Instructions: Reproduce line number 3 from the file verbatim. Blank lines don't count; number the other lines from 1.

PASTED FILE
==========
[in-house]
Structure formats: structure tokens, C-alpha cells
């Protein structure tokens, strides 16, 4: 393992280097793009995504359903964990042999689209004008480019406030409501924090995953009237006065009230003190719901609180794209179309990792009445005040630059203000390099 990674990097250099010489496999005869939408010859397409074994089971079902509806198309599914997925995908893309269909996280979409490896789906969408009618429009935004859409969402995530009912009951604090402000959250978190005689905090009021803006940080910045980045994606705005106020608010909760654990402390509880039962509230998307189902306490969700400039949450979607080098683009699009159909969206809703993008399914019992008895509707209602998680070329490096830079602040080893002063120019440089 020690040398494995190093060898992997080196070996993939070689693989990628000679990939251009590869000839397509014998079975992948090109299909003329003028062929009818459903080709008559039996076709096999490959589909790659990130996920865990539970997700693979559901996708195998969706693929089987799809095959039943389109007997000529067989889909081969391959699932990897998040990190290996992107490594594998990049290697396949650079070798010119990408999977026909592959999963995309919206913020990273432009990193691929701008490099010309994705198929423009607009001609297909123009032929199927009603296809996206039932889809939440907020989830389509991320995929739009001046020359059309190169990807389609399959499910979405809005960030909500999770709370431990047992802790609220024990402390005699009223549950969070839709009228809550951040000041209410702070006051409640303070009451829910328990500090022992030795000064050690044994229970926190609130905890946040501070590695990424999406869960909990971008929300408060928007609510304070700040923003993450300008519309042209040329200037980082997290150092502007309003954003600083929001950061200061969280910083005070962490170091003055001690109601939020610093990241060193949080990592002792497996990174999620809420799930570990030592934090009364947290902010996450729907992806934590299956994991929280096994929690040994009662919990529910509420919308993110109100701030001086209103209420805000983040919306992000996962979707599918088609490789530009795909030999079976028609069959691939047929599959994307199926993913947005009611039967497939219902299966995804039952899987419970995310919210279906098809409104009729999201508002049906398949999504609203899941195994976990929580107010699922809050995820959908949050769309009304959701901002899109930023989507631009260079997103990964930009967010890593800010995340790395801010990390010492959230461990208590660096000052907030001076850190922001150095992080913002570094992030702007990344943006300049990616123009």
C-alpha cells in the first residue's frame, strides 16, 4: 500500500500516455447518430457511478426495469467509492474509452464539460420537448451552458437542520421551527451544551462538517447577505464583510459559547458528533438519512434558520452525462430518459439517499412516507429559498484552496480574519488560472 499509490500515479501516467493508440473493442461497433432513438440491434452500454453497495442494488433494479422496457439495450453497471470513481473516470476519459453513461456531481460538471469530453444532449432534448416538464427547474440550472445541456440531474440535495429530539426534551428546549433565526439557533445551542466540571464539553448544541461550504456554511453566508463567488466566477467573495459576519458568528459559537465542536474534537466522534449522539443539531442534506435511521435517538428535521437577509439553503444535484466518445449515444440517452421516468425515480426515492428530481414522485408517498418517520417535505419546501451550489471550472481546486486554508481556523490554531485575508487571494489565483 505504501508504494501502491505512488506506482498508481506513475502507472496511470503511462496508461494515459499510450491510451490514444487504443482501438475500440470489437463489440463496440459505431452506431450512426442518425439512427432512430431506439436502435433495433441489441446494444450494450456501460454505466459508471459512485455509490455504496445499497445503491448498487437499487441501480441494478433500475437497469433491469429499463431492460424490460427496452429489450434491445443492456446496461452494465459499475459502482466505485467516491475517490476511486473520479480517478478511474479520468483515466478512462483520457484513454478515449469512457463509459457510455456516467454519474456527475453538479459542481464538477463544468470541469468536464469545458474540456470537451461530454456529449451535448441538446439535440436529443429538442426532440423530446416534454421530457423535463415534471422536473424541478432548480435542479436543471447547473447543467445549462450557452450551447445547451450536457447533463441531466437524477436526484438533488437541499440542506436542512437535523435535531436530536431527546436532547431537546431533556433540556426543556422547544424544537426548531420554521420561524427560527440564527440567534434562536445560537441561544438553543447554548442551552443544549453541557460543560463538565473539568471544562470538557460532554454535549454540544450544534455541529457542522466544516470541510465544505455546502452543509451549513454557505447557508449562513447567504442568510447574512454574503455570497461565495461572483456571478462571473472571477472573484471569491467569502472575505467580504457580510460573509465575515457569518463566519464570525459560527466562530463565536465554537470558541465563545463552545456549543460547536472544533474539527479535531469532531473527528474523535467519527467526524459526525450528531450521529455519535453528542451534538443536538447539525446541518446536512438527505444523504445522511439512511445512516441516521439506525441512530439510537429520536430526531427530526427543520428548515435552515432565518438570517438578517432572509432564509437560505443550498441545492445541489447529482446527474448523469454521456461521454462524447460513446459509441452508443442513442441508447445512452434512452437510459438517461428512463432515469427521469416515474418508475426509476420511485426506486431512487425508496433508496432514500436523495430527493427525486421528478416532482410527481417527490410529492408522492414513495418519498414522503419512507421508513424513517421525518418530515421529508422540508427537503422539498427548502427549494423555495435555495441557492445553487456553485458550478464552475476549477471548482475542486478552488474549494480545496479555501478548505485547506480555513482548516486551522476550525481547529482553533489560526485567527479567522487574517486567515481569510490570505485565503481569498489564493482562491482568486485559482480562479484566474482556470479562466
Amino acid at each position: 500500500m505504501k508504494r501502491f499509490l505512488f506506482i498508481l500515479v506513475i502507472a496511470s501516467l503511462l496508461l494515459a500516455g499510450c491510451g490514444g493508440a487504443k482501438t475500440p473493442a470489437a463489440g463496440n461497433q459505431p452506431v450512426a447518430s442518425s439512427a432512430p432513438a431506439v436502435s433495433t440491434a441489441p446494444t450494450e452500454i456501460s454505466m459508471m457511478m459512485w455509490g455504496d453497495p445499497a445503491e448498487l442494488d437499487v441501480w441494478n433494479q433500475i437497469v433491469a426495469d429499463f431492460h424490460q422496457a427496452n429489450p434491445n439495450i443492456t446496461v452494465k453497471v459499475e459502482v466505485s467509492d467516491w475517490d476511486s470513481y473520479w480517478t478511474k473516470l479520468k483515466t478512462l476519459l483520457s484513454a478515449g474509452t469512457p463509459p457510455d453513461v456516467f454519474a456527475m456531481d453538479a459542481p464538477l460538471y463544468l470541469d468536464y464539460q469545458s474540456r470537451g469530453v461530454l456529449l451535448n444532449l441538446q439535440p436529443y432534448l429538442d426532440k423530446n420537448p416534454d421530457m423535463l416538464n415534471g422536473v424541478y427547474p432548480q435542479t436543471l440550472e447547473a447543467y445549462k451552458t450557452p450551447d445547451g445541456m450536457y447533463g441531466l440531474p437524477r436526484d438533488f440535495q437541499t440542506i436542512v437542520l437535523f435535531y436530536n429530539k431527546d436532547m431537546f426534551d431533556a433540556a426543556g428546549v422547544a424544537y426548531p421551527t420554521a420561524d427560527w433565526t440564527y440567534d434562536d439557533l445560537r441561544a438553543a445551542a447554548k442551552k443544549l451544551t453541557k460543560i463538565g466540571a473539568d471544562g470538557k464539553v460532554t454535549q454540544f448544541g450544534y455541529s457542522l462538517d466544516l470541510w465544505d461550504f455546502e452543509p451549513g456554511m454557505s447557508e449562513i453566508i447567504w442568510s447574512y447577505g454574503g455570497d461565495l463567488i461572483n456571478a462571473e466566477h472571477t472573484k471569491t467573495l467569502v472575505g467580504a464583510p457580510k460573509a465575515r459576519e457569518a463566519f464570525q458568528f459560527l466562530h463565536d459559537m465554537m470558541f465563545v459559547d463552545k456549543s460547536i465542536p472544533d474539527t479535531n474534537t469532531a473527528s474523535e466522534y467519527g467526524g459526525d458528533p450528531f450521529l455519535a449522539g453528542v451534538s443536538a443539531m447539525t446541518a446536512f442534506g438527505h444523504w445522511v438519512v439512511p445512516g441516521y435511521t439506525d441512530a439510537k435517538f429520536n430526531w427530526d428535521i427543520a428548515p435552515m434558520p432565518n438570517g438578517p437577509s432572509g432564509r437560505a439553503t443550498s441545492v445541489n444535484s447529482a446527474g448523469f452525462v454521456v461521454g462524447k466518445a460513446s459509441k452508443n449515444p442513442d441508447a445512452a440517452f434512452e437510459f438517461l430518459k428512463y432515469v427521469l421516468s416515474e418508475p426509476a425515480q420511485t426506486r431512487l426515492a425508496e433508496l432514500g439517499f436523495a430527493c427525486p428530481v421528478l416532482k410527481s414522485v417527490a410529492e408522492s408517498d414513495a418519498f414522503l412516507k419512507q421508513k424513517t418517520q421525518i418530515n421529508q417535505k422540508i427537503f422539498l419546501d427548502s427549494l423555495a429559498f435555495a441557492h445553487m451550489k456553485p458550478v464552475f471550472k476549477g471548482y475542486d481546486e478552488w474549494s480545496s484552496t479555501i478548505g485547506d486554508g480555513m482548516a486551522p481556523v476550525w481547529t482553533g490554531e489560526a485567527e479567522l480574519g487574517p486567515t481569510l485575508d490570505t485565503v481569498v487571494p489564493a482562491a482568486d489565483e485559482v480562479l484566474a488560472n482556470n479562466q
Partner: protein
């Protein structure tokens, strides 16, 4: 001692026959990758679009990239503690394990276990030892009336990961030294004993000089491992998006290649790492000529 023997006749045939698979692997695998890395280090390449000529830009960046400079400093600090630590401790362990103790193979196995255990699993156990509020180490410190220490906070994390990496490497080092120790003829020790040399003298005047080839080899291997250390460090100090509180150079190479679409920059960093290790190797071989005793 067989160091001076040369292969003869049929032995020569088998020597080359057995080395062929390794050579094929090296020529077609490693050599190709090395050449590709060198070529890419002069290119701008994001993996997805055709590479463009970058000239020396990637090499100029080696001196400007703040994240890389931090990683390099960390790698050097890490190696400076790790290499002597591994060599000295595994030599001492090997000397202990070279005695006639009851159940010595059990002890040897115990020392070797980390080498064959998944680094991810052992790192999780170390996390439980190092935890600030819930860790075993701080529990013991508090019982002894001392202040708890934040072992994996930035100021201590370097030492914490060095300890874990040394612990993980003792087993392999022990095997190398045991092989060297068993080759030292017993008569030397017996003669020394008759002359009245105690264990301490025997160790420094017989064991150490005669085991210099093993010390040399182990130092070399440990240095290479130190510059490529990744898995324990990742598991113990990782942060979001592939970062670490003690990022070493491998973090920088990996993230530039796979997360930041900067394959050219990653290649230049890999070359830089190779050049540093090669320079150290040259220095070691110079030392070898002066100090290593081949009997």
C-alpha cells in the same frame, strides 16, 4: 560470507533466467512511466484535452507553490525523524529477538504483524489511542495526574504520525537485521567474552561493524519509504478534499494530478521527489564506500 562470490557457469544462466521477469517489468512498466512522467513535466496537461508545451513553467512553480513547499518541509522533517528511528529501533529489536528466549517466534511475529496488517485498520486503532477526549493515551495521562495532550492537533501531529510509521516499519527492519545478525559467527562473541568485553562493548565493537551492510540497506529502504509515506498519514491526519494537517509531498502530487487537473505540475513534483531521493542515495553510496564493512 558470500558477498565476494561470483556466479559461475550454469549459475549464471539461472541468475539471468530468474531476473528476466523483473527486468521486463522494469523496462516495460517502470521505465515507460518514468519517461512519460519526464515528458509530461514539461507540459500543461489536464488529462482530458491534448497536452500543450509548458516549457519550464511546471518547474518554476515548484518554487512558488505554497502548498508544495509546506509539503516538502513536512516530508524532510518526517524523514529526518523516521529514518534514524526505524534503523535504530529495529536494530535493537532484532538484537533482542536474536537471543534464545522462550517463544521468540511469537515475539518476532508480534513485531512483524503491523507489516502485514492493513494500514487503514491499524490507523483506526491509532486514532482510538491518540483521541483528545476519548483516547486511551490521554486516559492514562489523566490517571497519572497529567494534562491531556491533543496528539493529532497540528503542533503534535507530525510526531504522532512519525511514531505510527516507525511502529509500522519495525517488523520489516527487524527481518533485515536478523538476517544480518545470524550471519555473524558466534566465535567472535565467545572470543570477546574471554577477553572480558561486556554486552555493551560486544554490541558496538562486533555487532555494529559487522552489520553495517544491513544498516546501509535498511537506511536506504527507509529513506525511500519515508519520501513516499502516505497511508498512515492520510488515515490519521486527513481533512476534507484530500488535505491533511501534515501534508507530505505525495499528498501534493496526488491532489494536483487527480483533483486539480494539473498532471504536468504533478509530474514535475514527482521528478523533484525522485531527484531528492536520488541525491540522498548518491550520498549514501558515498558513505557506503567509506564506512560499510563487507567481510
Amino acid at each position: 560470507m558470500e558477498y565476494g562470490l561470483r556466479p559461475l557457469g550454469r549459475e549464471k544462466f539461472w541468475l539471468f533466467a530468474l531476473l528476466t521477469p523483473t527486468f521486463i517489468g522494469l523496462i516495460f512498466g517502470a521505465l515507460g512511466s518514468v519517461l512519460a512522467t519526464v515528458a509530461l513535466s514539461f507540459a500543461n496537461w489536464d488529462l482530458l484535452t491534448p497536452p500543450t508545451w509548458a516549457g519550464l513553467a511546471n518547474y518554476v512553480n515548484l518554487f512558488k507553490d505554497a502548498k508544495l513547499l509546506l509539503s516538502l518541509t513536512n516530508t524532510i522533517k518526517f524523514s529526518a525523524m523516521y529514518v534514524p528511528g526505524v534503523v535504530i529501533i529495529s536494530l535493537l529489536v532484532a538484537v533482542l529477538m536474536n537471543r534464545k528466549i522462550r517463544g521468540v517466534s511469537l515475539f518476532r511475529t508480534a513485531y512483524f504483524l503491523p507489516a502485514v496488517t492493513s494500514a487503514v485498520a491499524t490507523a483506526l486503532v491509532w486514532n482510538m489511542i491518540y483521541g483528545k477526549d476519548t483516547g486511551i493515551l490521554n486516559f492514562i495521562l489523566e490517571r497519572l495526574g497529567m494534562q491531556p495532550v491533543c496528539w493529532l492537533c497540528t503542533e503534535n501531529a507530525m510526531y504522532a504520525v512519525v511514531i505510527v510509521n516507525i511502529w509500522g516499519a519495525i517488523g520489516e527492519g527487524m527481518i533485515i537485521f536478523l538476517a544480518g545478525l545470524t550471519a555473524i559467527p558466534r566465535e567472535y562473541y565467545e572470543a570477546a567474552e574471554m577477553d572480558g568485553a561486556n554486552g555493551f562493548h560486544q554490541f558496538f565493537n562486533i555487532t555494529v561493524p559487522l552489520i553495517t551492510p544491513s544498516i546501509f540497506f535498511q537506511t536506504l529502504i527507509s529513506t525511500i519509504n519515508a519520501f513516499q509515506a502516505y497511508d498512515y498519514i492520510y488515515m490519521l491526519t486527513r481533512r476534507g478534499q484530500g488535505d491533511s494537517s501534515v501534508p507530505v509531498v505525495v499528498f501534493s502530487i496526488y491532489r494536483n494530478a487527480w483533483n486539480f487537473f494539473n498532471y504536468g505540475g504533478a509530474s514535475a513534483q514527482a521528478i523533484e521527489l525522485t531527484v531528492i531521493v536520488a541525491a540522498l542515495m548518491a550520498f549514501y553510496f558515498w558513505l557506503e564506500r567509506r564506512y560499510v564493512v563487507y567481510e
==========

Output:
């Protein structure tokens, strides 16, 4: 393992280097793009995504359903964990042999689209004008480019406030409501924090995953009237006065009230003190719901609180794209179309990792009445005040630059203000390099 990674990097250099010489496999005869939408010859397409074994089971079902509806198309599914997925995908893309269909996280979409490896789906969408009618429009935004859409969402995530009912009951604090402000959250978190005689905090009021803006940080910045980045994606705005106020608010909760654990402390509880039962509230998307189902306490969700400039949450979607080098683009699009159909969206809703993008399914019992008895509707209602998680070329490096830079602040080893002063120019440089 020690040398494995190093060898992997080196070996993939070689693989990628000679990939251009590869000839397509014998079975992948090109299909003329003028062929009818459903080709008559039996076709096999490959589909790659990130996920865990539970997700693979559901996708195998969706693929089987799809095959039943389109007997000529067989889909081969391959699932990897998040990190290996992107490594594998990049290697396949650079070798010119990408999977026909592959999963995309919206913020990273432009990193691929701008490099010309994705198929423009607009001609297909123009032929199927009603296809996206039932889809939440907020989830389509991320995929739009001046020359059309190169990807389609399959499910979405809005960030909500999770709370431990047992802790609220024990402390005699009223549950969070839709009228809550951040000041209410702070006051409640303070009451829910328990500090022992030795000064050690044994229970926190609130905890946040501070590695990424999406869960909990971008929300408060928007609510304070700040923003993450300008519309042209040329200037980082997290150092502007309003954003600083929001950061200061969280910083005070962490170091003055001690109601939020610093990241060193949080990592002792497996990174999620809420799930570990030592934090009364947290902010996450729907992806934590299956994991929280096994929690040994009662919990529910509420919308993110109100701030001086209103209420805000983040919306992000996962979707599918088609490789530009795909030999079976028609069959691939047929599959994307199926993913947005009611039967497939219902299966995804039952899987419970995310919210279906098809409104009729999201508002049906398949999504609203899941195994976990929580107010699922809050995820959908949050769309009304959701901002899109930023989507631009260079997103990964930009967010890593800010995340790395801010990390010492959230461990208590660096000052907030001076850190922001150095992080913002570094992030702007990344943006300049990616123009």